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Case Report/Case Series |

Oral Pigmentation in McCune-Albright Syndrome

Dominique C. Pichard, MD1; Alison M. Boyce, MD2,3; Michael T. Collins, MD4; Edward W. Cowen, MD, MHSc5
[+] Author Affiliations
1Department of Dermatology, Georgetown University Hospital/Washington Hospital Center, Washington, DC
2Division of Endocrinology and Diabetes, Children’s National Medical Center, Washington, DC
3Bone Health Program, Division of Orthopaedics and Sports Medicine, Children’s National Medical Center, Washington, DC
4Skeletal Clinical Studies Unit, Craniofacial and Skeletal Diseases Branch, National Institute of Dental and Craniofacial Research, National Institutes of Health, Bethesda, Maryland
5Center for Cancer Research, Dermatology Branch, National Cancer Institute, National Institutes of Health, Bethesda, Maryland
JAMA Dermatol. 2014;150(7):760-763. doi:10.1001/jamadermatol.2014.184.
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Importance  The differential diagnosis for oral lentigines includes several syndromes with important associated systemic findings. McCune-Albright syndrome (MAS), a mosaic condition associated with café au lait pigmentation, is not typically considered a mucosal lentiginosis syndrome. The clinical phenotype of MAS is variable because of mosaicism, but oral pigmentation developing in mid-childhood to early adulthood should be recognized as a clinical feature of MAS.

Observations  We present 4 patients with MAS who developed oral mucosal pigmentation during childhood or early adulthood. All patients had other characteristic findings of MAS including hyperfunctioning endocrinopathies, polyostotic fibrous dysplasia, and café au lait pigmentation.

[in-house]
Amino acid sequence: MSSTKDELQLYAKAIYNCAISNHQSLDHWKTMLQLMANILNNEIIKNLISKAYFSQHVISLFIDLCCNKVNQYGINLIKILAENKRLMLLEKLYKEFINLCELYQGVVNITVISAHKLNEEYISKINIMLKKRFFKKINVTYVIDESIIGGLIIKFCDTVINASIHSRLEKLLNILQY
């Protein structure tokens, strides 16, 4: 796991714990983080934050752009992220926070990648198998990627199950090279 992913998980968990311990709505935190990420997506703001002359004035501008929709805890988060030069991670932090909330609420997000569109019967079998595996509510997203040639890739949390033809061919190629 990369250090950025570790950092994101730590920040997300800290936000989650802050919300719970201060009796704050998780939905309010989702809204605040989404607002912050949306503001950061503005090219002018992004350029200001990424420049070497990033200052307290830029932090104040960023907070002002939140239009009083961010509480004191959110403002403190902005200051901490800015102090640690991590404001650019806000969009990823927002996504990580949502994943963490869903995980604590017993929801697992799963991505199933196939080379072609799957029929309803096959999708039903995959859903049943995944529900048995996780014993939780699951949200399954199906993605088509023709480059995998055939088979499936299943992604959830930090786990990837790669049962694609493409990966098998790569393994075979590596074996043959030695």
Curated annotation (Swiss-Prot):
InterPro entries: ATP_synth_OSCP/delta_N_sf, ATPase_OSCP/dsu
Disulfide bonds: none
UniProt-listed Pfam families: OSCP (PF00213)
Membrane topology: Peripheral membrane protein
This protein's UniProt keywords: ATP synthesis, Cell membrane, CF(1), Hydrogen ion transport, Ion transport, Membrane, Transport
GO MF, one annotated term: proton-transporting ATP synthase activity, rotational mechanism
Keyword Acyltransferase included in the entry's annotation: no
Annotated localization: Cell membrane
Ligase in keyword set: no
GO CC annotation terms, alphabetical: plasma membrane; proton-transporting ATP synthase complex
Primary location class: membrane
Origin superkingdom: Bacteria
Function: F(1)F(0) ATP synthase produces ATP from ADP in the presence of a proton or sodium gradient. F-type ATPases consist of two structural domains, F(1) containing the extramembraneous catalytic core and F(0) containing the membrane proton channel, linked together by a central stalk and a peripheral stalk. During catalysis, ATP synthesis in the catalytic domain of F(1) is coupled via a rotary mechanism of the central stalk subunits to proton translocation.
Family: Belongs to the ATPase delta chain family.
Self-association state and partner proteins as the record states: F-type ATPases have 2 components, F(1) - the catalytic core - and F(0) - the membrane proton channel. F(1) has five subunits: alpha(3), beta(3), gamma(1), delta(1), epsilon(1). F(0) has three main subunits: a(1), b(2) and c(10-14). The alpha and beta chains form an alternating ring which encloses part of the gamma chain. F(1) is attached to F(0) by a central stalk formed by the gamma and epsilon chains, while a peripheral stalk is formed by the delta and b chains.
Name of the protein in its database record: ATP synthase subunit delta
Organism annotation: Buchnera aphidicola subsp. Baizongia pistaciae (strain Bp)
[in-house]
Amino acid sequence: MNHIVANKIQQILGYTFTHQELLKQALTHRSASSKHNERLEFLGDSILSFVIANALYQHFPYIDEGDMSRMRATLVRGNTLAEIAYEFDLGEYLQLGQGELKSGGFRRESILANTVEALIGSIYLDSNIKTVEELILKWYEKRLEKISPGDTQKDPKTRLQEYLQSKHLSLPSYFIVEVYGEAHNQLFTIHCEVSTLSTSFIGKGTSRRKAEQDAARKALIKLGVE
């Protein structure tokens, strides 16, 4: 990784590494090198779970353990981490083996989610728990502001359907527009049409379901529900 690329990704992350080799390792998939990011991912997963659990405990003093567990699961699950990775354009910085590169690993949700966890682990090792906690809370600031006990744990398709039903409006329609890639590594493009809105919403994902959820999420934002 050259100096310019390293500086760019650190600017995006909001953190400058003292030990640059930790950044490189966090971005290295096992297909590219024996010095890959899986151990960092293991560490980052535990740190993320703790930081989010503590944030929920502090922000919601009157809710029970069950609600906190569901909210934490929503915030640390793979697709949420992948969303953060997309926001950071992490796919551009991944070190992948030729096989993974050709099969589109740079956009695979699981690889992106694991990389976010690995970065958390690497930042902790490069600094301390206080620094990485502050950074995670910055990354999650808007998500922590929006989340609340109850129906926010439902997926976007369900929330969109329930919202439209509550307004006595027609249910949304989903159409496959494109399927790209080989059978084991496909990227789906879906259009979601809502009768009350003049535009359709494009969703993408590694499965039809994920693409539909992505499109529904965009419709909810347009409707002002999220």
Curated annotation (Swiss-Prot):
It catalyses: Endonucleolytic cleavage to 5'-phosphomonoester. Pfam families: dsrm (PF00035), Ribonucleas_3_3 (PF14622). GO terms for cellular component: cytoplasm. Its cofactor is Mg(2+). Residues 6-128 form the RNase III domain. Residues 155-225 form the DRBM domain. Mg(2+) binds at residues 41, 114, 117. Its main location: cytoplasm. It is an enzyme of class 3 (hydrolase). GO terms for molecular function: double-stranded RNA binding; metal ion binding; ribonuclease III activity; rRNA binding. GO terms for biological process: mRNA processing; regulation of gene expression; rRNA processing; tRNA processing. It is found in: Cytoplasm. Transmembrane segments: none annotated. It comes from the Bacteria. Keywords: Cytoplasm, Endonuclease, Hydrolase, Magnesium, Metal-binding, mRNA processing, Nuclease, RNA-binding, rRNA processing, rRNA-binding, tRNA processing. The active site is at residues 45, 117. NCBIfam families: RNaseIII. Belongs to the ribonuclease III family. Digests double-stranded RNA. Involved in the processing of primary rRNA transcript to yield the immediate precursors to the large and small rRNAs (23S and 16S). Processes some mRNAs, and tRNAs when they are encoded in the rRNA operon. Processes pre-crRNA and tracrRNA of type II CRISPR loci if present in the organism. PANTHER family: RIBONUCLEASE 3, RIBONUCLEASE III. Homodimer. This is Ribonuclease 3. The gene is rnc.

Conclusions and Relevance  Oral pigmentation is an underrecognized finding in MAS and presents later in development compared with the other mucosal lentiginosis syndromes. The diagnosis of MAS is most commonly a clinical diagnosis because mutational analysis is challenging in mosaic conditions. Expanding the cutaneous phenotype to include oral pigmentation further characterizes the clinical findings in this mosaic condition, broadens the differential diagnosis of syndromes with oral pigmentation, and in some cases may aid in earlier diagnosis of MAS.

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Figure 1.
Case 1

A, Café au lait patch on the right lateral chest (age, 11 years). B, Oral mucosal pigmentation (age, 11 years). C, Oral mucosal pigmentation (age, 14 years).

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Figure 2.
Lip Pigmentation in Other Cases of McCune-Albright Syndrome

A, Case 2. Vermilion and mucosal pigmentation (age, 26 years). B, Case 3. Oral mucosal pigmentation (age, 7 years). C, Case 4. Lower vermilion lip pigmentation (age, 28 years).

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